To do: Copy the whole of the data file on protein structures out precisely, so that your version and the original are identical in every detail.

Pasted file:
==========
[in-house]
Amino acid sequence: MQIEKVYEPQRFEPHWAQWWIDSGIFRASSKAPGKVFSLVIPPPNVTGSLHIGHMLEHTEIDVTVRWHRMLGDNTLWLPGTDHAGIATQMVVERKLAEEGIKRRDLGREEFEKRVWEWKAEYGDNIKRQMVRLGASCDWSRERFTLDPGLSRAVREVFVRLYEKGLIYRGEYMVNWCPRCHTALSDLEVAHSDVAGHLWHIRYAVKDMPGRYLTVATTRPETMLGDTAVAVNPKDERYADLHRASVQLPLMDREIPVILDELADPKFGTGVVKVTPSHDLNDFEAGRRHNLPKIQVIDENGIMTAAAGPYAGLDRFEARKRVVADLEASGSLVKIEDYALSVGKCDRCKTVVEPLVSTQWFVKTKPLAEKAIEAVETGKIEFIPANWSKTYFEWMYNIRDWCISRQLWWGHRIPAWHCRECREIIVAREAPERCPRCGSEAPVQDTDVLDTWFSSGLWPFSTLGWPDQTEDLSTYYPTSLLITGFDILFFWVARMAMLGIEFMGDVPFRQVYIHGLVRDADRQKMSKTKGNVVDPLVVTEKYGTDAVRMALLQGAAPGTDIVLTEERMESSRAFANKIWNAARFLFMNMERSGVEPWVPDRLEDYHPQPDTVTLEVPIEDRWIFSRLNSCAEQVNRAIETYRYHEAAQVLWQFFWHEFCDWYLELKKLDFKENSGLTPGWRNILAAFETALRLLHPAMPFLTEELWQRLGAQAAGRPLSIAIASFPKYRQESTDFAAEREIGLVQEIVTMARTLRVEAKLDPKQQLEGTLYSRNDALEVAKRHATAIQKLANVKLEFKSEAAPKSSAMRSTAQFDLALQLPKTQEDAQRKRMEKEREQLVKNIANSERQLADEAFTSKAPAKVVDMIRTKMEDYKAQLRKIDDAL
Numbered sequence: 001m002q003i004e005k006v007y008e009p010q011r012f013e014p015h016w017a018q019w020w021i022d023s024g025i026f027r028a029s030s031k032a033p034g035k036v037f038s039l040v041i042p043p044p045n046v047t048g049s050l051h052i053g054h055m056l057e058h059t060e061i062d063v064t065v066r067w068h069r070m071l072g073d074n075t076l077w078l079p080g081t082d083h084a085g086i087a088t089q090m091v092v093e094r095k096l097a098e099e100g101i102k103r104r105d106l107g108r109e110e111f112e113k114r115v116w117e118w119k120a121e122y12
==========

[in-house]
Amino acid sequence: MQIEKVYEPQRFEPHWAQWWIDSGIFRASSKAPGKVFSLVIPPPNVTGSLHIGHMLEHTEIDVTVRWHRMLGDNTLWLPGTDHAGIATQMVVERKLAEEGIKRRDLGREEFEKRVWEWKAEYGDNIKRQMVRLGASCDWSRERFTLDPGLSRAVREVFVRLYEKGLIYRGEYMVNWCPRCHTALSDLEVAHSDVAGHLWHIRYAVKDMPGRYLTVATTRPETMLGDTAVAVNPKDERYADLHRASVQLPLMDREIPVILDELADPKFGTGVVKVTPSHDLNDFEAGRRHNLPKIQVIDENGIMTAAAGPYAGLDRFEARKRVVADLEASGSLVKIEDYALSVGKCDRCKTVVEPLVSTQWFVKTKPLAEKAIEAVETGKIEFIPANWSKTYFEWMYNIRDWCISRQLWWGHRIPAWHCRECREIIVAREAPERCPRCGSEAPVQDTDVLDTWFSSGLWPFSTLGWPDQTEDLSTYYPTSLLITGFDILFFWVARMAMLGIEFMGDVPFRQVYIHGLVRDADRQKMSKTKGNVVDPLVVTEKYGTDAVRMALLQGAAPGTDIVLTEERMESSRAFANKIWNAARFLFMNMERSGVEPWVPDRLEDYHPQPDTVTLEVPIEDRWIFSRLNSCAEQVNRAIETYRYHEAAQVLWQFFWHEFCDWYLELKKLDFKENSGLTPGWRNILAAFETALRLLHPAMPFLTEELWQRLGAQAAGRPLSIAIASFPKYRQESTDFAAEREIGLVQEIVTMARTLRVEAKLDPKQQLEGTLYSRNDALEVAKRHATAIQKLANVKLEFKSEAAPKSSAMRSTAQFDLALQLPKTQEDAQRKRMEKEREQLVKNIANSERQLADEAFTSKAPAKVVDMIRTKMEDYKAQLRKIDDAL
Numbered sequence: 001m002q003i004e005k006v007y008e009p010q011r012f013e014p015h016w017a018q019w020w021i022d023s024g025i026f027r028a029s030s031k032a033p034g035k036v037f038s039l040v041i042p043p044p045n046v047t048g049s050l051h052i053g054h055m056l057e058h059t060e061i062d063v064t065v066r067w068h069r070m071l072g073d074n075t076l077w078l079p080g081t082d083h084a085g086i087a088t089q090m091v092v093e094r095k096l097a098e099e100g101i102k103r104r105d106l107g108r109e110e111f112e113k114r115v116w117e118w119k120a121e122y12